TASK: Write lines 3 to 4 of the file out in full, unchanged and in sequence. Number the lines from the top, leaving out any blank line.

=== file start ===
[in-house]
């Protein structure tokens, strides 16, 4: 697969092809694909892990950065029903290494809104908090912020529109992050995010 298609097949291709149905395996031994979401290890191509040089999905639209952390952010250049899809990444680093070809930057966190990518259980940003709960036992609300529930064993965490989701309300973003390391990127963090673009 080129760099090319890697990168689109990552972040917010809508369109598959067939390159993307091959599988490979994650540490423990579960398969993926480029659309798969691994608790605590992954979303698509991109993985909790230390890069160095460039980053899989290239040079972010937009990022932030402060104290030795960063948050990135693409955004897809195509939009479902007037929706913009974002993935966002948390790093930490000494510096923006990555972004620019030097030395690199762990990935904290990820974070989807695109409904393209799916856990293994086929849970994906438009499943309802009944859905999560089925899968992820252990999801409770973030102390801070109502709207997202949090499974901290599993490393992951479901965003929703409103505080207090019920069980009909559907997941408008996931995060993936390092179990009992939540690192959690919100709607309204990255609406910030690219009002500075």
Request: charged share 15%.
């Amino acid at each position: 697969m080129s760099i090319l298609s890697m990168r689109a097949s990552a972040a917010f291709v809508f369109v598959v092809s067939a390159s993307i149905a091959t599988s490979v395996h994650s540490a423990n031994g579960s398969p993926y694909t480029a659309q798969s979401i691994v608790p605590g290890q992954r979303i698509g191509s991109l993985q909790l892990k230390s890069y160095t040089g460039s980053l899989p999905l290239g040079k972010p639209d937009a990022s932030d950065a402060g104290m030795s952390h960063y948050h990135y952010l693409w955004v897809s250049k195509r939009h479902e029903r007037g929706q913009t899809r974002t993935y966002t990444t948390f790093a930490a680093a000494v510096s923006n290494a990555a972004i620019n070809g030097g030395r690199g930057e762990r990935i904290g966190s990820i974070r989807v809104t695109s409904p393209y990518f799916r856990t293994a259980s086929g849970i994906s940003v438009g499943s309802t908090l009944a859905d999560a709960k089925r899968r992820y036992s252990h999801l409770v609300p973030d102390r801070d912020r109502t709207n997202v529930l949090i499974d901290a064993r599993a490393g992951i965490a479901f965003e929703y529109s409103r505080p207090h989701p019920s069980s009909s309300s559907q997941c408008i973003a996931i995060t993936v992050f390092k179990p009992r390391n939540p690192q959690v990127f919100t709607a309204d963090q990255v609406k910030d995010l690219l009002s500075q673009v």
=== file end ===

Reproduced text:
Request: charged share 15%.
């Amino acid at each position: 697969m080129s760099i090319l298609s890697m990168r689109a097949s990552a972040a917010f291709v809508f369109v598959v092809s067939a390159s993307i149905a091959t599988s490979v395996h994650s540490a423990n031994g579960s398969p993926y694909t480029a659309q798969s979401i691994v608790p605590g290890q992954r979303i698509g191509s991109l993985q909790l892990k230390s890069y160095t040089g460039s980053l899989p999905l290239g040079k972010p639209d937009a990022s932030d950065a402060g104290m030795s952390h960063y948050h990135y952010l693409w955004v897809s250049k195509r939009h479902e029903r007037g929706q913009t899809r974002t993935y966002t990444t948390f790093a930490a680093a000494v510096s923006n290494a990555a972004i620019n070809g030097g030395r690199g930057e762990r990935i904290g966190s990820i974070r989807v809104t695109s409904p393209y990518f799916r856990t293994a259980s086929g849970i994906s940003v438009g499943s309802t908090l009944a859905d999560a709960k089925r899968r992820y036992s252990h999801l409770v609300p973030d102390r801070d912020r109502t709207n997202v529930l949090i499974d901290a064993r599993a490393g992951i965490a479901f965003e929703y529109s409103r505080p207090h989701p019920s069980s009909s309300s559907q997941c408008i973003a996931i995060t993936v992050f390092k179990p009992r390391n939540p690192q959690v990127f919100t709607a309204d963090q990255v609406k910030d995010l690219l009002s500075q673009v």